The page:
Melbourne: Adaptation to Climate Change Through Telecommuting

Melbourne Transport

By Michael McClenathan 

Although the central city has a residential population just under 100,000 people, over 771,000 people access the City of Melbourne every weekday, and that number is expected to grow to over one million by 2020 (City of Melbourne, 2009, p. 32). Most visitors come from Melbourne’s surrounding metropolitan area, from which 46% access the city by car, and 47% use public transportation (Hughes & Gibney, 2010). The Melbourne public transport system and Melbourne’s roads are both generally regarded as very stressed (City of Melbourne, 2009, pp. 32’33). What follows is an assessment of climate risks (Mehrotra et al., 2009)¬†facing the transport sector in Melbourne, as well as interventions that can address these risks.


According to Church, et al. (2008), in a 0.5 meter sea-level rise scenario (plausible by 2070), current 1:100 year floods could occur in Melbourne multiple times a year (as cited in City of Melbourne, 2009, p. 22). In addition to the displacement of residents, such flooding has the potential to prevent Melbourne’s workforce from accessing the city or to strand large populations in the center city for extended periods of time (City of Melbourne, 2009, p. 60). Thus, transportation shutdowns due to extreme flooding will have economic and humanitarian costs beyond the cost of general cleanup incurred after a flood event.

Extreme heat also poses a direct threat to Melbourne transport. Sustained high temperatures can cause asphalt to rut and steel rail tracks to buckle, causing delays and possibly derailments. Furthermore, health issues related to extreme heat directly impact transport operations. In 2008, in the month of March alone, 894 services held up by 25 instances of passenger illness (City of Melbourne, 2009, p. 32). As temperatures increase, so will heat-related illnesses and related service delays.


Roads and rails must be upgraded to take climate change projections into account. This should be accomplished during normal repair cycles to minimize cost and interruption.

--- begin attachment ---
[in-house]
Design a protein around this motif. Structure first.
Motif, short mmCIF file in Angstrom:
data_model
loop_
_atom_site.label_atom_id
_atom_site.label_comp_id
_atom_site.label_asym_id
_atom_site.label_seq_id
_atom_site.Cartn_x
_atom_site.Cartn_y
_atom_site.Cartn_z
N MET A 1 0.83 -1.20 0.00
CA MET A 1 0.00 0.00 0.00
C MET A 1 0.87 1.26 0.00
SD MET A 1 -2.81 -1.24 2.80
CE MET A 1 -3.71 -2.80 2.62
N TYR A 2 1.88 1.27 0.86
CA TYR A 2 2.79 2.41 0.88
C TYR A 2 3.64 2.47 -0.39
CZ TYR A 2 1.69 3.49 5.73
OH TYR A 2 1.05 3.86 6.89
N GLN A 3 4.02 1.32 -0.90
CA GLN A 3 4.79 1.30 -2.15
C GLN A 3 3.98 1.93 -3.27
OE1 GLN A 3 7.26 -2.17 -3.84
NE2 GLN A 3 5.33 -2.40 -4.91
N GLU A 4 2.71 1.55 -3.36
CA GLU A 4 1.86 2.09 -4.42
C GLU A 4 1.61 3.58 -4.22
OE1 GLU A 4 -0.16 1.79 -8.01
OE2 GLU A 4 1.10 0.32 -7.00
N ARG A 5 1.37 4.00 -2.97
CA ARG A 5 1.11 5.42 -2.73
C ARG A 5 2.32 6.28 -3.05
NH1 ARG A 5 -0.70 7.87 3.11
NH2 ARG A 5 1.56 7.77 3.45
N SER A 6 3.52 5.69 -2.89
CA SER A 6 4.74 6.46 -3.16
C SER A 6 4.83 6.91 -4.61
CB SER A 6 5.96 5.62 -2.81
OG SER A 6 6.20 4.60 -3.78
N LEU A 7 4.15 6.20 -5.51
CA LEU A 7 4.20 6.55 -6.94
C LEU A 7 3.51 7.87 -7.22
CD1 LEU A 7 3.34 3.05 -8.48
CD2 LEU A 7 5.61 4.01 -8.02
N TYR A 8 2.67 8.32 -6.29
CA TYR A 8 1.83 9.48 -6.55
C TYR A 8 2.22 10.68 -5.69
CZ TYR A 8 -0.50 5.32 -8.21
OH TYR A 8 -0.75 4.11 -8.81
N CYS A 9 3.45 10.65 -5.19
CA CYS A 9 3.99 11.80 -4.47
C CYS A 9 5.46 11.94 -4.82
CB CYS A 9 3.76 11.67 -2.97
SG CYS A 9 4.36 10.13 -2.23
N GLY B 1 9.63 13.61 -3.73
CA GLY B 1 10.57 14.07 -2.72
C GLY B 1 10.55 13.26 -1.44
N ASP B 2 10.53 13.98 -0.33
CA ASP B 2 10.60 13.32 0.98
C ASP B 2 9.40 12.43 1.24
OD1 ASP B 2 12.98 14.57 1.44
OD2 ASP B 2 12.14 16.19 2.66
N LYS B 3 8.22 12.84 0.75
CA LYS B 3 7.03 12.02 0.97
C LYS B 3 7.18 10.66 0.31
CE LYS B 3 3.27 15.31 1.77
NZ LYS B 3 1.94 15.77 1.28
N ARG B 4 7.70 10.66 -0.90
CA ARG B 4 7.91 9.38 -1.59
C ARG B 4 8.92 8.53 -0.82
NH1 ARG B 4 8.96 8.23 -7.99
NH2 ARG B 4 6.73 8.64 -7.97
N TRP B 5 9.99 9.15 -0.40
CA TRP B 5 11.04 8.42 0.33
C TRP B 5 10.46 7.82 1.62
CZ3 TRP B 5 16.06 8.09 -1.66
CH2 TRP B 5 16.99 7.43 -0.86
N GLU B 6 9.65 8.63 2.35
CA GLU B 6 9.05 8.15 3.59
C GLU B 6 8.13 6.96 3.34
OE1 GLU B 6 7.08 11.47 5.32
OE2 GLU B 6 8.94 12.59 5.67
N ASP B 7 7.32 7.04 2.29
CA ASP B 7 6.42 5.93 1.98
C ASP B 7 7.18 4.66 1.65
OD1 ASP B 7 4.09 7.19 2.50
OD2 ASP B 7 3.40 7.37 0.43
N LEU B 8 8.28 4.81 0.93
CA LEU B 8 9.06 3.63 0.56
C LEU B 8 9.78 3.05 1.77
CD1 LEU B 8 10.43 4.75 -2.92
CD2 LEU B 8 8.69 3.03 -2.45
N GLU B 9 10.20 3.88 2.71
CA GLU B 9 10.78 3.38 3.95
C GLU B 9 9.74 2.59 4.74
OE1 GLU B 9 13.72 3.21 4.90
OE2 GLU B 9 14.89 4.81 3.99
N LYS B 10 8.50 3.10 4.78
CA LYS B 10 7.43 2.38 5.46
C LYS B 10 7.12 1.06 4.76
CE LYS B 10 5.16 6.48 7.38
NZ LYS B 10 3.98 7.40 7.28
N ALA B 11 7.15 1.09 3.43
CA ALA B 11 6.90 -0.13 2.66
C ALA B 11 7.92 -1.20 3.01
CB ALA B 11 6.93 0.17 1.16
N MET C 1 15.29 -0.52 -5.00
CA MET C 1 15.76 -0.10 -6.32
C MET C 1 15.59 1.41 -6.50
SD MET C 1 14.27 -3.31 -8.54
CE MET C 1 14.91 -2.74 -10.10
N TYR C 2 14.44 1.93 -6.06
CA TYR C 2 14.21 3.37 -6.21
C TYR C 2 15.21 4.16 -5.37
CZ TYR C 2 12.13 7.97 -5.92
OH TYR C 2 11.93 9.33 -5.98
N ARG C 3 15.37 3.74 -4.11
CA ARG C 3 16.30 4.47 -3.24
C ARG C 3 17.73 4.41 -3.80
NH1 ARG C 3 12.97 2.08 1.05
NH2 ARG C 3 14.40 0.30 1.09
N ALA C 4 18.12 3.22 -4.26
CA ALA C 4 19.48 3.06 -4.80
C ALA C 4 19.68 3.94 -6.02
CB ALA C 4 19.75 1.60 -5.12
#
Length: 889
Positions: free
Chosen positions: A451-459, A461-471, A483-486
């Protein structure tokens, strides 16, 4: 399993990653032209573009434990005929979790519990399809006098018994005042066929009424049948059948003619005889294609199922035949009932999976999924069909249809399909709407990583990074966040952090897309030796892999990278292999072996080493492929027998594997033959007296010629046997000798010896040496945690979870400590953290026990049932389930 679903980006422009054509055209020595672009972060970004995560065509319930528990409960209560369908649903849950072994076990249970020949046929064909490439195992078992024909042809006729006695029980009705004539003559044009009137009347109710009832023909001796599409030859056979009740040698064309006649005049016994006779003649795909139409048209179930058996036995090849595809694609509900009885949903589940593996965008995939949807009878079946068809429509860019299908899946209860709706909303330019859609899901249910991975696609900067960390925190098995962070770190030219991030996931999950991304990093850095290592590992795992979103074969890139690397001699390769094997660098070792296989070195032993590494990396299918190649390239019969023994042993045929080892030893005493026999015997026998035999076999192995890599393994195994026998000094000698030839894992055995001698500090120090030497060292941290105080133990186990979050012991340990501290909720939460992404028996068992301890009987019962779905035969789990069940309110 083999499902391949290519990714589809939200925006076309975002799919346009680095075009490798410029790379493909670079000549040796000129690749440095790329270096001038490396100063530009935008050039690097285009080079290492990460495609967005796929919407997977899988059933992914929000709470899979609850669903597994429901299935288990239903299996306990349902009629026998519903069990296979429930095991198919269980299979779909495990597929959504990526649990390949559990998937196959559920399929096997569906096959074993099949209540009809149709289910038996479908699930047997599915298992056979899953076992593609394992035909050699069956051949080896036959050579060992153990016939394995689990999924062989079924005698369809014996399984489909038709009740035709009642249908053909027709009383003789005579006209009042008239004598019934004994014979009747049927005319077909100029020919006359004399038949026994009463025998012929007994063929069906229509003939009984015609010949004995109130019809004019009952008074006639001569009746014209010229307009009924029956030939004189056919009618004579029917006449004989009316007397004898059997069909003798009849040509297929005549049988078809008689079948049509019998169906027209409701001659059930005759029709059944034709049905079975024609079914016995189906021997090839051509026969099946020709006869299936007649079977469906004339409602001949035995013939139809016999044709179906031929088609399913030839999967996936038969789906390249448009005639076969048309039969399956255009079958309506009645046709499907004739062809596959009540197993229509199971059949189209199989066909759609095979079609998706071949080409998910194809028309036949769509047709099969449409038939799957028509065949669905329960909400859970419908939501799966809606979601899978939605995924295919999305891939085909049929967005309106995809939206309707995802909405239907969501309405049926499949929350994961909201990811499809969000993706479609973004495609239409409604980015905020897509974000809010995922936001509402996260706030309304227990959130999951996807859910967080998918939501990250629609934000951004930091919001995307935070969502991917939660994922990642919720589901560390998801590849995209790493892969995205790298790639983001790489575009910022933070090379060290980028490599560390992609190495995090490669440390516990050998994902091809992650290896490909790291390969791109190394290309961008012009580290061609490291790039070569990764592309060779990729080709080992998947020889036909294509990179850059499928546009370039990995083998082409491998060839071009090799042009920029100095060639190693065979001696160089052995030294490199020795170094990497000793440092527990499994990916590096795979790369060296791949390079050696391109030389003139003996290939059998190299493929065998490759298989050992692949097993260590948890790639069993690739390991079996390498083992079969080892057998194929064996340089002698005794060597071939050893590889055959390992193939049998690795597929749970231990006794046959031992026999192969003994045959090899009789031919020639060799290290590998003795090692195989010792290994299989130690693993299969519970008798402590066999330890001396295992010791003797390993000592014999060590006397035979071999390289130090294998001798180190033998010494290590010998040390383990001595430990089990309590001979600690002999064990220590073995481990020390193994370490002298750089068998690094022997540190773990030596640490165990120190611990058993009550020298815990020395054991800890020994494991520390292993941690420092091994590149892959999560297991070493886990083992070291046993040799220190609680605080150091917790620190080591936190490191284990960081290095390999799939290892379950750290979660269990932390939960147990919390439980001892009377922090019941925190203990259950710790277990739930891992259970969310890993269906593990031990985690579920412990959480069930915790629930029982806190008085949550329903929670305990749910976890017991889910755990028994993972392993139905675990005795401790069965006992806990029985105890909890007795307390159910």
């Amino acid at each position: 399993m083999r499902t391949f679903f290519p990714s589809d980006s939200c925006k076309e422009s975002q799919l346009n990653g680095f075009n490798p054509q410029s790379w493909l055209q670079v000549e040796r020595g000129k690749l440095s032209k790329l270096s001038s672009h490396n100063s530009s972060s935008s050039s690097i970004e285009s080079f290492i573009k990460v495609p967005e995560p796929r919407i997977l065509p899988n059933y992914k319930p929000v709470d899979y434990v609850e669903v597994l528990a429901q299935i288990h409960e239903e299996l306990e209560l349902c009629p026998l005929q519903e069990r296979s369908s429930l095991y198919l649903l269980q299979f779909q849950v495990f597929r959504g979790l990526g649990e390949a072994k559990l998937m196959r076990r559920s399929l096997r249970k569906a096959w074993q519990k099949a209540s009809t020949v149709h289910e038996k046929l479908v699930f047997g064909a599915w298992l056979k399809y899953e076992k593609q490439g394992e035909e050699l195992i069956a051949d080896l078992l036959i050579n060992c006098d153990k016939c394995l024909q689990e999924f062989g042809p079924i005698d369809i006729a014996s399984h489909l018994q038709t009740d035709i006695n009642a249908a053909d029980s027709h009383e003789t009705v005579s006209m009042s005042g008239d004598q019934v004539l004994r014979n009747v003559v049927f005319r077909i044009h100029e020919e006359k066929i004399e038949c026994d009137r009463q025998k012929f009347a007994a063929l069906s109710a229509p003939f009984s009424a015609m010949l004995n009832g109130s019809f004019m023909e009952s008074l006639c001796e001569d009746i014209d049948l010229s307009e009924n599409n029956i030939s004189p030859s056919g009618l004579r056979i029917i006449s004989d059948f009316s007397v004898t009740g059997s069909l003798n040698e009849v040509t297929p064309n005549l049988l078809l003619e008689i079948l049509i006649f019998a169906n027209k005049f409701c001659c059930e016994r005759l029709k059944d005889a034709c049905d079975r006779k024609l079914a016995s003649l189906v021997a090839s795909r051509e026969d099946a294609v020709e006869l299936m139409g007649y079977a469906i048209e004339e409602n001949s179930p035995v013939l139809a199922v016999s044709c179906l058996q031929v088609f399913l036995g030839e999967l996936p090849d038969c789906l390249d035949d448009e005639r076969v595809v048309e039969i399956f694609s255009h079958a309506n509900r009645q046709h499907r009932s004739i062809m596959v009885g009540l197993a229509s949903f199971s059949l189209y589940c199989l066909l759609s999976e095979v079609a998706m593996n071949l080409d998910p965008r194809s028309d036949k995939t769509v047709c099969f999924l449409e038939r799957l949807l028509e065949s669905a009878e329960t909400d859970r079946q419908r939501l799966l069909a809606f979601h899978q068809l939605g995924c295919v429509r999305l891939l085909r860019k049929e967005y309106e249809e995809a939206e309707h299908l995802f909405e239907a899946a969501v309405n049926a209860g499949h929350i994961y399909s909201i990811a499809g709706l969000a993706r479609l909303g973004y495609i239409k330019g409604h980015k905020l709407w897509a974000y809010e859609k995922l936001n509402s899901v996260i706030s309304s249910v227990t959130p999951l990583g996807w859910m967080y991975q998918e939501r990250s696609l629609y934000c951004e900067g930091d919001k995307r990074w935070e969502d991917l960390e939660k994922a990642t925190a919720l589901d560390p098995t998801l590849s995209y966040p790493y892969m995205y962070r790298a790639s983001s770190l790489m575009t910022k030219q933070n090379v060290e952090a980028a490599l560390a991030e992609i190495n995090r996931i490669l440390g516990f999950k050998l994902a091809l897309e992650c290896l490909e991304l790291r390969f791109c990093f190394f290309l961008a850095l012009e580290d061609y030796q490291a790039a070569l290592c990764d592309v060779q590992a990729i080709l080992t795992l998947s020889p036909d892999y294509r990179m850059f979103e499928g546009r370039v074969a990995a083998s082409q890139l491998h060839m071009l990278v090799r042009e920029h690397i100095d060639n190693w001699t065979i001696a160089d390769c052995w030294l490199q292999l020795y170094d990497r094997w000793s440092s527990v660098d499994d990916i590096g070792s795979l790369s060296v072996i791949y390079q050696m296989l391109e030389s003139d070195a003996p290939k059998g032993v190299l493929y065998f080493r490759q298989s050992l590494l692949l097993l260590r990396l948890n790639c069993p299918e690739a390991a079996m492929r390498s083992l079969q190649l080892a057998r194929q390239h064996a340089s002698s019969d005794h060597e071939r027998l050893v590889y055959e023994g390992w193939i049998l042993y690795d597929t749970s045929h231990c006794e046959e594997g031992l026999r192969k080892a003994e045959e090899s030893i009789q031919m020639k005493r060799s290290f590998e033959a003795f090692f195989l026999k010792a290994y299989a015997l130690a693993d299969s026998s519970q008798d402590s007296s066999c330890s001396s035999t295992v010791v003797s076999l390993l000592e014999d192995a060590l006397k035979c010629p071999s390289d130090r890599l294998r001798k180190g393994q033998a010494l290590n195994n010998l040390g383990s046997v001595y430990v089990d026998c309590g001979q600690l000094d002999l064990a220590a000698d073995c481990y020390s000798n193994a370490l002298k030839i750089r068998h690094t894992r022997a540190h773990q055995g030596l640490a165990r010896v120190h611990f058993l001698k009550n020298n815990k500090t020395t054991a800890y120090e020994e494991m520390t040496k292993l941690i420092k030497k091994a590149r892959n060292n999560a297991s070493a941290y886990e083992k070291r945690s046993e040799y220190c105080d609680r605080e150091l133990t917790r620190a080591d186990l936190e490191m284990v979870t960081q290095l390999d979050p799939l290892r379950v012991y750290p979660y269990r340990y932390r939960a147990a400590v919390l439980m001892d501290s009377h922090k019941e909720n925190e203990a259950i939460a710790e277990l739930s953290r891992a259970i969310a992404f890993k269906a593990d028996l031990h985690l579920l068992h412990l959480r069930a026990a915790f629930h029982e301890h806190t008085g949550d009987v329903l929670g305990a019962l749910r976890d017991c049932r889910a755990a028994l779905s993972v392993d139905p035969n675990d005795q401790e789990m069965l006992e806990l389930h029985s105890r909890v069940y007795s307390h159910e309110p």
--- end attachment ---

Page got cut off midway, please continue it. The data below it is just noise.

Efforts should be made to improve public awareness of emergency procedures, such as how best to access medical services and safe shelters,, which exist throughout the city near major transit hubs to accommodate stranded populations in flood emergencies (City of Melbourne, 2009, p. 64).

Melbourne already has a heatwave alert system in place (City of Melbourne, 2009, p. 108). Because many floods will be due to relatively predictable storms, Melbourne should also have an early flood alert system. If a storm is expected to cause flooding, The City of Melbourne might be able to lessen its transport impact simply by asking (or ordering) people not to come to the city that day, or by preemptively shutting down flood-prone lines.

Policy Recommendations

In 2006, the state of Victoria committed AUD 10.5 billion (2006 USD ~8 billion) to improving transport infrastructure over a ten year span, more than half of which was for Melbourne (State of Victoria, 2006). Incorporation of worst-case climate change projections for heat and increased flood frequency into the engineering specifications of these plans must be required before these improvements are approved.

Many of Melbourne’s most productive firms are financial and insurance services (.id Consulting, 2011) that may not need workers to be physically present every day. Melbourne should explore policies such as tax incentives and a public information campaign to encourage firms to install telecommuting systems. Regular telecommuting might relieve some stress on overloaded transport systems, and the ability to telecommute during emergencies will allow firms to continue operations even if workers are unable to reach the city center during lengthy transport outages.


This article is a product of Professor Shagun Mehrotra’s Climate Change and Cities class. Views expressed are entirely those of the individual author.


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